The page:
Ship victims' kin appeal SC ruling

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Monday, August 11, 2014

FAMILIES of victims of ill-fated MV Princess of the Stars urged the Supreme Court (SC) on Monday to reconsider its decision to only recommend the slapping of a civil case against an official of Sulpicio Lines Inc.

Appealing through the Public Attorney's Office (PAO), the families said the SC Second Division committed a "glaring error" for overlooking SLI vice president for administration Edgar Go's liability for reckless imprudence under Article 365 of the Revised Penal Code.

According to the SC, Go could not be criminally charged for not instructing the Cebu-bound vessel to seek shelter or drop anchor at the height of Typhoon Frank (international name: Fengshen) on June 21, 2008.

The Court said the shipowner's liability for the death caused by the captain's error arises from the contract of carriage, a binding agreement that outlines the obligations and rights of Sulpicio and the passengers.

"Sure, the shipowner is civilly liable; but, we hereby submit that when there is a clear showing that such shipowner has committed an act or omission constitutive of a criminal offense, it would be a grave injustice on the part of the injured parties if the shipowner is outrightly cleared of criminal liability," the motion for reconsideration stated.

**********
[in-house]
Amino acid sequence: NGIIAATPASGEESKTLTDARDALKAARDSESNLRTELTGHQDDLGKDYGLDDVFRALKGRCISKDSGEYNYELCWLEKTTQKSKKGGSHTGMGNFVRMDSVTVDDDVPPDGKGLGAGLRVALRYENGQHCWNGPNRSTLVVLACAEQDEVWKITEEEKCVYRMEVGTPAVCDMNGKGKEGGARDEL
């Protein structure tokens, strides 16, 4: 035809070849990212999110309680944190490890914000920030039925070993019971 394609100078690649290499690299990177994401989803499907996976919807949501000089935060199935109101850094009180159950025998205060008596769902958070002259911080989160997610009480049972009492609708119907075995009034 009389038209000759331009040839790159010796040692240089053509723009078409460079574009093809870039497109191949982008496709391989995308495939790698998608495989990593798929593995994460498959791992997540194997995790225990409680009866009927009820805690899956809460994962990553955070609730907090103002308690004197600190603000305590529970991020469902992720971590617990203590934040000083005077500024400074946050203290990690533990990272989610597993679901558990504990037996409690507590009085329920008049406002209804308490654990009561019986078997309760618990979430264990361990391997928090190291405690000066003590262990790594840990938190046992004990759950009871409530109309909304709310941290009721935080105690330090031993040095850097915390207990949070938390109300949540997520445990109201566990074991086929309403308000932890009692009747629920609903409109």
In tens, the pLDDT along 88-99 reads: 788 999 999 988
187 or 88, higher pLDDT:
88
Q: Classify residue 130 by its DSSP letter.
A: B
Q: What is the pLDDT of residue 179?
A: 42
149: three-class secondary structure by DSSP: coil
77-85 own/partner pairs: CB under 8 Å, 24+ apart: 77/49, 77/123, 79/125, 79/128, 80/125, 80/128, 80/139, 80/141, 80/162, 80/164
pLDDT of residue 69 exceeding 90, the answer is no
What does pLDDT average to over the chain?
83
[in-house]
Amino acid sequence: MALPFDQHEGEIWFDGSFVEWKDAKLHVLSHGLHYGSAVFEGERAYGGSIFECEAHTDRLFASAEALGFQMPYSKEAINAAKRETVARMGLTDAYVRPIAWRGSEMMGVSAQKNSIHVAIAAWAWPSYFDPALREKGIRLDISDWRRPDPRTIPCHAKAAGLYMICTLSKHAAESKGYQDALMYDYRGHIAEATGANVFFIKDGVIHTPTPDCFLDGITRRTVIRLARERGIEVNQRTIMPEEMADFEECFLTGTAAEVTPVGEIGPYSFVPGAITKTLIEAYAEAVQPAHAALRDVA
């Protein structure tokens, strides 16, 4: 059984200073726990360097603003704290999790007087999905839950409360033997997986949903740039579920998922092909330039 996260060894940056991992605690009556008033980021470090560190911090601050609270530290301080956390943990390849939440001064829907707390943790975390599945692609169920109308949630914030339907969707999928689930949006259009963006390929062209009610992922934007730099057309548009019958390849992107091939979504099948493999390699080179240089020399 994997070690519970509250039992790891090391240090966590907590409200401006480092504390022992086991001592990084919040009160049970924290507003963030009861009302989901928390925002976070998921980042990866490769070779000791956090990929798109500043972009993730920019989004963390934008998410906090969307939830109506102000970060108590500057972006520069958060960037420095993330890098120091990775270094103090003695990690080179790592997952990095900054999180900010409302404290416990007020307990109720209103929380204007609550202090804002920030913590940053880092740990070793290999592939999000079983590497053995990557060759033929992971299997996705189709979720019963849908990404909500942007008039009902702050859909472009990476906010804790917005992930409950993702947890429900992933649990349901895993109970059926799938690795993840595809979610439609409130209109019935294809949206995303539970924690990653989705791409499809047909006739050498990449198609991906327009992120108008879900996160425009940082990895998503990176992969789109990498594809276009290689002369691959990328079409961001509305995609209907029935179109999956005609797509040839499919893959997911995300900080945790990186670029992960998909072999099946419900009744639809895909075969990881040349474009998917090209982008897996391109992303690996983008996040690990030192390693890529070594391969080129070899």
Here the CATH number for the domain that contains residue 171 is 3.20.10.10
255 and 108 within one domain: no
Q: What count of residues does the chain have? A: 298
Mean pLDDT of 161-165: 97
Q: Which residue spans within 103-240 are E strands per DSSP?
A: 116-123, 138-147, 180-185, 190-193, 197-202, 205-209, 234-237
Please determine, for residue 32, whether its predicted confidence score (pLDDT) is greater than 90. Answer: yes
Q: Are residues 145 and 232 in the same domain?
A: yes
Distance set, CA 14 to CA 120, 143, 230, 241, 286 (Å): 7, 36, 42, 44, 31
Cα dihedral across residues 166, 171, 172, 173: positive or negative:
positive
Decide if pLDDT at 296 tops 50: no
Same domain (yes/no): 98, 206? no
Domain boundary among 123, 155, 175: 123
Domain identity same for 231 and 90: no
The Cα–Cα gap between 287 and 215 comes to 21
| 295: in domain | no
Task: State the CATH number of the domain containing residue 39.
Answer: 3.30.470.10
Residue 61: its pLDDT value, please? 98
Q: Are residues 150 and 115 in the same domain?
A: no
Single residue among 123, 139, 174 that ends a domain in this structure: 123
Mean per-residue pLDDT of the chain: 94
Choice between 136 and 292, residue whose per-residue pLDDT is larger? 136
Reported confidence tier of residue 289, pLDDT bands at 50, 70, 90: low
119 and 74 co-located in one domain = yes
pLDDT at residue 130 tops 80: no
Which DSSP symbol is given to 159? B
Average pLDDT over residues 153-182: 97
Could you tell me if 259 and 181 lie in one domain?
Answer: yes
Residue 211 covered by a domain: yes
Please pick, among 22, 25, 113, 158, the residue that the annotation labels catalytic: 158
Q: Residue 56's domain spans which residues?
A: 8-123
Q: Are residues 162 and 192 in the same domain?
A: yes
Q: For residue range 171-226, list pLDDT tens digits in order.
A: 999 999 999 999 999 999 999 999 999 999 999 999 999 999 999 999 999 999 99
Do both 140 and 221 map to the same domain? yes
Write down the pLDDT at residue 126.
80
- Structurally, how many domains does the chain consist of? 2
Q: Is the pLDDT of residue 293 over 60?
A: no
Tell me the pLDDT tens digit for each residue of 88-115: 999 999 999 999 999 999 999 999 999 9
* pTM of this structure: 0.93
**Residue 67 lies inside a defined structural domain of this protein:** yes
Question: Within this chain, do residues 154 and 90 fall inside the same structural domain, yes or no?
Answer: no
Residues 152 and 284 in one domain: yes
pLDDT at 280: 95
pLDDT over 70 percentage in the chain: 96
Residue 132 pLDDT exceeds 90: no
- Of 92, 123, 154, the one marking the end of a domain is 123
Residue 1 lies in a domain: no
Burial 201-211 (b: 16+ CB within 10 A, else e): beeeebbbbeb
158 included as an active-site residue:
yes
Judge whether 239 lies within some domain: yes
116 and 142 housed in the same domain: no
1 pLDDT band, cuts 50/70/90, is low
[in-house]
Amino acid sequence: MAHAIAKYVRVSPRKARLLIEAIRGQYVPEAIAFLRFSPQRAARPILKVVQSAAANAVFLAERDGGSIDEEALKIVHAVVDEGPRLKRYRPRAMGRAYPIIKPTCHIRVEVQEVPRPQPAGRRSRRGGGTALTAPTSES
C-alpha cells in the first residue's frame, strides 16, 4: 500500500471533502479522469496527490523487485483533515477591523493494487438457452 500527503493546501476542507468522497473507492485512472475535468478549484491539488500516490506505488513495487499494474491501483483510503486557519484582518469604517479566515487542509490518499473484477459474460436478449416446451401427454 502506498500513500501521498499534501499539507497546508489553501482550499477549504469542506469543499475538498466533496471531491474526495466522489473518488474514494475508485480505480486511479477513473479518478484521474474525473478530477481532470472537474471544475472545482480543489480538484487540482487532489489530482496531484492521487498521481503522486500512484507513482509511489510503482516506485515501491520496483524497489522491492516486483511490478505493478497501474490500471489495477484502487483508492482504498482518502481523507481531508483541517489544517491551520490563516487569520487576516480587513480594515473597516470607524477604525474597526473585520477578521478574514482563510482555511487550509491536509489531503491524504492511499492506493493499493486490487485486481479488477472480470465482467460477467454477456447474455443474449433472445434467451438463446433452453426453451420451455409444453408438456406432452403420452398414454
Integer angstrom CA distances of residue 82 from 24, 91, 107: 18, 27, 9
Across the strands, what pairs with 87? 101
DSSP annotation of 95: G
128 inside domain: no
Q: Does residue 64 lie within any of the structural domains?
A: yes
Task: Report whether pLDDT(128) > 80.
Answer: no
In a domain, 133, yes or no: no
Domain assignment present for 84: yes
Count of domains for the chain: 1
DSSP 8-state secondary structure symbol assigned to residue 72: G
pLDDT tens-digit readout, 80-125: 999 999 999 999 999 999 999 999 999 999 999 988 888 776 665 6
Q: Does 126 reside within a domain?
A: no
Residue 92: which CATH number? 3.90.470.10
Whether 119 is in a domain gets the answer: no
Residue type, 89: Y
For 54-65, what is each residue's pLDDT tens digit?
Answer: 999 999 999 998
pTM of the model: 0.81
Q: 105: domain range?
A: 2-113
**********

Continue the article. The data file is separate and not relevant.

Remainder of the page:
"In fact, the whole essence of the petition centers on the crime of reckless imprudence. To overlook the said provision is to sidestep the very substance of the case," it added.

The PAO said Go should have done "everything in his power" to avert the impending disaster but as the SC noted, he allowed the vessel to sail to a place where it will meet the eye of the typhoon at Sibuyan Island, leaving 227 people dead and 592 missing.

"Go never acted surprised or alarmed upon being informed that the M/V Princess of the Stars was taking the regular route. It was not news to him that the Stars was not supposed to be in the regular route. This fact alone blatantly shows foreknowledge of accused Go that captain Florencio Marimon never intended to take the Stars through the alternate route but was merely a ruse to obtain a departure clearance from the Philippine Coast Guard," the motion read.

While Marimon was in control of the ship, the PAO said his "overriding authority" is limited to three instances: to bring the ship to safety, to prevent pollution and respond to ships in distress.

"This is not the case in the Stars. Ergo, to exonerate the owners of the said vessel, like respondent Go, from liability...under the guise of the master's 'overriding authority' is contrary to established jurisprudence mandating extraordinary diligence of common carriers," PAO said, as it asked the SC to elevate the case, "a matter of paramount national interest," to the 15-member en banc.

Go was already undergoing trial at the Manila Regional Trial Court branch 5 when the Court of Appeals (CA) reversed in March last year the Department of Justice's (DOJ) finding of probable cause against him.

The public lawyers said nine witnesses were already presented to prove that Go must be sent to jail and compensate the victims of the tragedy.

PAO also said the appellate court practically overturned the finding of probable cause of the judge and "disturbed the final disposition of the latter, although it has no jurisdiction to do so."

"Although what is being determined is mere probable cause, the Court of Appeals somehow demanded for proof beyond reasonable doubt, which should have been best addressed in a full-blown trial," it said. (Sunnex)

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